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MGM China Rises on Special Dividend

MGM China Rises on Plan to Pay Special Dividend
Pedestrians walk past the MGM Macau casino resort, operated by MGM China Holdings Ltd., in Macau. MGM plans to develop a HK$20 billion Cotai resort to draw mass-market gamblers who provide wider profit margins than VIP patrons. Photographer: Lam Yik Fei/Bloomberg

MGM China Holdings Ltd., the casino venture between a daughter of gambling mogul Stanley Ho and MGM Resorts International, rose in Hong Kong trading after saying it will pay a special dividend.

MGM China climbed as much as 5.3 percent to HK$17.80, before closing 2.8 percent higher at HK$17.38. The company will pay a special dividend of HK$1.02 a share, or about HK$3.87 billion ($499 million), it said in a stock exchange statement yesterday.

Revenue rose 2 percent to $731 million, the company said. Casino operators including MGM, Galaxy Entertainment Group Ltd. and Sands China Ltd. are benefiting from an increase in mainland tourists to Macau, the only Chinese city where casinos are legal.

MGM China’s adjusted earnings before interest, taxes, depreciation and amortization, or Ebitda, increased to $176 million from $174 million a year earlier. That matches the median estimate of five analysts surveyed by Bloomberg News.

The company partly controlled by Pansy Ho, Stanley Ho’s daughter, received government approval on Jan. 9 to build its first resort in Macau’s Cotai area, Asia’s equivalent of the Las Vegas Strip.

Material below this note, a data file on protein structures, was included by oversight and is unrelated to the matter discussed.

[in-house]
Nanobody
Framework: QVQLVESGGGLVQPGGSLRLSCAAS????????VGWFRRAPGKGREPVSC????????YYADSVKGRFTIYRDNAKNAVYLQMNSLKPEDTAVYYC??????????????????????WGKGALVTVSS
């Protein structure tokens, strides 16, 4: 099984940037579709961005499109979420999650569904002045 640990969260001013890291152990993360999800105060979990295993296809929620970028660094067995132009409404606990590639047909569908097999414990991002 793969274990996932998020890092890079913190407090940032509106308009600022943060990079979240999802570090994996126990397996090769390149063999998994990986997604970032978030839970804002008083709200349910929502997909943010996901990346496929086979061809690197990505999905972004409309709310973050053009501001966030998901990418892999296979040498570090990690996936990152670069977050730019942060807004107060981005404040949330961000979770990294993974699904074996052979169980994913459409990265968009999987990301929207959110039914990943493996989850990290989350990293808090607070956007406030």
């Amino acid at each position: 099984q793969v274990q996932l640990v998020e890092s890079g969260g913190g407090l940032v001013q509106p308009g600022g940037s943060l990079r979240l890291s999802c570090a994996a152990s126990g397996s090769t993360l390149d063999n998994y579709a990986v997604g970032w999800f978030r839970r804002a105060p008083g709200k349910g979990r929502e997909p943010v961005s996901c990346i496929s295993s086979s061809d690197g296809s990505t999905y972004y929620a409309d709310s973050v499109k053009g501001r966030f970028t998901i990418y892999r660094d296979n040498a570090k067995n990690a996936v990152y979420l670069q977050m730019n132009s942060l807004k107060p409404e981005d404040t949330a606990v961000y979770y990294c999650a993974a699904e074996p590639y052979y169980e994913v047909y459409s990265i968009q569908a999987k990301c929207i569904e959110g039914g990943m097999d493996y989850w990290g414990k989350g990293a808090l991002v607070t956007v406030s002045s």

MGM plans to develop a HK$20 billion Cotai resort to draw mass-market gamblers who provide wider profit margins than VIP patrons. High-stakes Chinese bettors curbed spending amid a slowdown in the world’s second-largest economy last year.

Galaxy, controlled by Hong Kong business tycoon Lui Che-woo, has said it plans to invest as much as HK$50 billion to build the third phase of its resort in Cotai. The company expects to begin construction at the end of this year or early 2014.

Billionaire Sheldon Adelson’s Sands China Ltd. plans to invest at least $2.5 billion to build its fifth resort in Macau, to be called the Parisian.

Casino revenue in Macau, the world’s largest gambling hub, rose 14 percent to $38 billion in 2012. CLSA Ltd. expects casino revenue in the Chinese city to top $100 billion by 2020.

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